Tips for Root Cause Analysis: Developing the Right Approach

Tips for Root Cause Analysis: Developing the Right Approach
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Developing the Right Approach to Analyzing the Root Cause of a Problem

Most root cause analysis methods are easily learnt, which is one reason why the fishbone diagram and the 5-why method tend to be the most favored techniques. Ease of use and understanding, however, should not be the main criteria, because simple methods have limitations.

However, this is not to undermine the effectiveness of simple root cause analysis techniques. This article’s purpose is to place emphasis on the right mindset and approach toward solving a problem and seeking solutions. Nonetheless, attitudes are developed and acquired by way of actual applications of one’s understanding of the RCA discipline.

Ease of use could also lead to deciding on the most uncomplicated reason and solution—human error and eliminating the errant worker. Understand that the process of analyzing the primary cause is to seek workable solutions in order to avoid occurrence or recurrence and not to find fault.

Settling on human error is the easy way out but it does not resolve the problem, i.e., “human error as a causal factor for a particular adverse incident.”

In line with this, consider the following tips for root cause analysis:

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Pointers to Keep in Mind When Performing an RCA

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The objective of the following guidelines is to ensure the observance of the right approach for conducting RCA in order to arrive at the most appropriate solution:

1. The team tasked to perform the analysis should have adequate training and should be spearheaded by an RCA expert.

Different ideas and perceived knowledge could easily muddle the information being evaluated. In having a competent leader at the helm, the team members will be guided on knowing when to draw the line in using hypothetical ideas. Fishbone diagrams, for one, allow the use of theoretical ideas but not all problems under study allow mere assumptions as the bases for determining a core reason, especially if the matter being investigated deals with actual incidents.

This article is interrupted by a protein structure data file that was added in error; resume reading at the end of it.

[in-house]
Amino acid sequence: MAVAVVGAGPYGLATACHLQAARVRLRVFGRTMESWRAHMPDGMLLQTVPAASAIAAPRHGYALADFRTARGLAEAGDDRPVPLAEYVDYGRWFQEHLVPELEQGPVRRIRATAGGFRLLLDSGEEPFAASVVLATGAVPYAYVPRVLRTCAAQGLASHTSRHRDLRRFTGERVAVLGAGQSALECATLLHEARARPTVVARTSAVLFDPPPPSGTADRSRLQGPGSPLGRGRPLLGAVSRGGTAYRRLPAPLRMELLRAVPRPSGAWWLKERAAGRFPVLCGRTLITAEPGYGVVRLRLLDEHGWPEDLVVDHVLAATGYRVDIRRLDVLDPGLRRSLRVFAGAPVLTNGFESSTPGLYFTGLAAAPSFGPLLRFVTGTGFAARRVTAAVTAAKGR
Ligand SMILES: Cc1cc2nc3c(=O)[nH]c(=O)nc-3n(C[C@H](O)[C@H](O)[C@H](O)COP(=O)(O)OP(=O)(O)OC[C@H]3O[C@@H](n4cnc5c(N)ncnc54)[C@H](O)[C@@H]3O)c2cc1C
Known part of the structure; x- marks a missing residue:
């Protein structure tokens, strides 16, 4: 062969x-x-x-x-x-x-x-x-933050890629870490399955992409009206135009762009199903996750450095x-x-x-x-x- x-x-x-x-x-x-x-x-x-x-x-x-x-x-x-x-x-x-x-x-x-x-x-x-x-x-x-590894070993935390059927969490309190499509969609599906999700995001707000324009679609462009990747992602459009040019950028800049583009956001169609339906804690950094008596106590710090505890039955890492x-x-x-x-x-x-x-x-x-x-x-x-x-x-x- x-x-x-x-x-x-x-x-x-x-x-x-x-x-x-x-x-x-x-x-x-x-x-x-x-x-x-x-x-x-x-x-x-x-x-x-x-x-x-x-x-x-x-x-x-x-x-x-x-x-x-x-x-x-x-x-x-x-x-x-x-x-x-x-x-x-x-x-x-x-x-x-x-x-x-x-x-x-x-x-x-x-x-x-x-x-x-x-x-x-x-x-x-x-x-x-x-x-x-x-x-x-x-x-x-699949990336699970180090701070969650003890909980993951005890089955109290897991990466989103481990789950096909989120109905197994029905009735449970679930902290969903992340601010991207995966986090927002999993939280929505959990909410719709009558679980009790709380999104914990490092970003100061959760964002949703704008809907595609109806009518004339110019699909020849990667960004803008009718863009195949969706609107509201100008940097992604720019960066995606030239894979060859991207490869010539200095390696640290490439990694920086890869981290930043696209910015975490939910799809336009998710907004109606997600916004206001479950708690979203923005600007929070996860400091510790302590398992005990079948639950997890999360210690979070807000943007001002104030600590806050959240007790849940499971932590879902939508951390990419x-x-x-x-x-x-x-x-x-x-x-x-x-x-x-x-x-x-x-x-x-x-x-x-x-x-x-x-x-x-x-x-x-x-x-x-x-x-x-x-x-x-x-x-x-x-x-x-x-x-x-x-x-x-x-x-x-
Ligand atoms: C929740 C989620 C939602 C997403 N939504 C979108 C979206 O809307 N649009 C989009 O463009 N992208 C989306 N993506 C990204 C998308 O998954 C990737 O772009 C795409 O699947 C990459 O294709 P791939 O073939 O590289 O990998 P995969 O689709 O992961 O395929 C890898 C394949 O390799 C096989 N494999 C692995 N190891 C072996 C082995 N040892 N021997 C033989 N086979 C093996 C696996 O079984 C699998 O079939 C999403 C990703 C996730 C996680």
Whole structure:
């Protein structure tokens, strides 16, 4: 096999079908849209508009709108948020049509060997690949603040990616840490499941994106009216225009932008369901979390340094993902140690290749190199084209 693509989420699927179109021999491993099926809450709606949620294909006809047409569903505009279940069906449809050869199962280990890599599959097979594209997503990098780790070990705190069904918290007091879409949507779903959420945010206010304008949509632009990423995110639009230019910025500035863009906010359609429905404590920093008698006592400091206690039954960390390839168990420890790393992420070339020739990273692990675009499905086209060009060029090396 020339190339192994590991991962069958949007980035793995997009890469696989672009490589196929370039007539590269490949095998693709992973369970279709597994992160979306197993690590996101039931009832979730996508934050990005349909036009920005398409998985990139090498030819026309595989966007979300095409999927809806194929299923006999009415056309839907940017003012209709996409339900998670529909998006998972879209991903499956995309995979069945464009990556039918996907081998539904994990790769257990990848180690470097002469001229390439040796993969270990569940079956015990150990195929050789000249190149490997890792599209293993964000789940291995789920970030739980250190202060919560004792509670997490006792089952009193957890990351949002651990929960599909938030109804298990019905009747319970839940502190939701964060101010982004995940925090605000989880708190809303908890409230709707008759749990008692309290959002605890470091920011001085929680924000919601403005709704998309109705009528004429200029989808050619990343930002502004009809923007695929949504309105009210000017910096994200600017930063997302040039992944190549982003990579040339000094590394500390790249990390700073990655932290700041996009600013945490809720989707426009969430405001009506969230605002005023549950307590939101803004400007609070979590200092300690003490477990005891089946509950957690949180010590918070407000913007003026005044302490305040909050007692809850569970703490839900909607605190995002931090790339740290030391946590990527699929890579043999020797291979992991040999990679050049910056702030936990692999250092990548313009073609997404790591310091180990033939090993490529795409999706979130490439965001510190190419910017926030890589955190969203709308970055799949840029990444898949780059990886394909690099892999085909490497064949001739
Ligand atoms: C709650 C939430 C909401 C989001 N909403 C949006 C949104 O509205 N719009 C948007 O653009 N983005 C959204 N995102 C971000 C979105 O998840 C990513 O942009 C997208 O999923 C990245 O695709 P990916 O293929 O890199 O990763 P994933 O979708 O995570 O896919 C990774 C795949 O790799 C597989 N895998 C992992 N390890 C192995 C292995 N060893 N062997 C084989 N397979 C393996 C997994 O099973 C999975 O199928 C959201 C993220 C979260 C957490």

2. Acknowledge the fact that a problem exists. This is regardless if the incident has actually happened or is only an anticipated risk, for as long as the bases are factual.

This puts the issue of data gathering into the foreground as an essential requirement. Data sources from where inputs are derived should be real, verified and logical. The “cause and effect” principle has long been proven to follow a sequence of events. This is owing to the fact that for every antecedent to a causal factor there is always a deviation from the normal pattern. Perceive that every deviation was spurred by the abnormal occurrence at the critical stage where it originated.

Hence, team members should always be on the lookout for these deviations, validate and track their actual occurrence and keep them in mind when formulating the solutions.

3. Refrain from using data tainted by unfounded “value judgments.”

What are value judgments? To define this concept in layman’s term means that the data have been given weight as the bases for conclusions. Gather and use data as it is and avoid adding unconfirmed inferences. Otherwise, this will lead the entire RCA team into adding more inputs that were based on mere supposition. Again, keep in mind that the objective of the exercise is to arrive at a right solution for a real problem, regardless if it has happened or its occurence is still anticipated..

4. Formulate cause and effect questions that are bent on probing instead of speculating.

Whatever type of root cause analysis method being used, start the exercise on a right note by commencing with objectivity in mind. State the exact problem and the circumstances as to what actually happened. If profitability is the issue, give a statement as to how much the company is losing, and establish which product or which activity area is causing the decline in profits.

Avoid posing questions like “How could this be possible?" but instead ask “What made this possible?” Be straightforward by asking “What caused this to happen?” as a substitute to “What could have caused this to happen?”.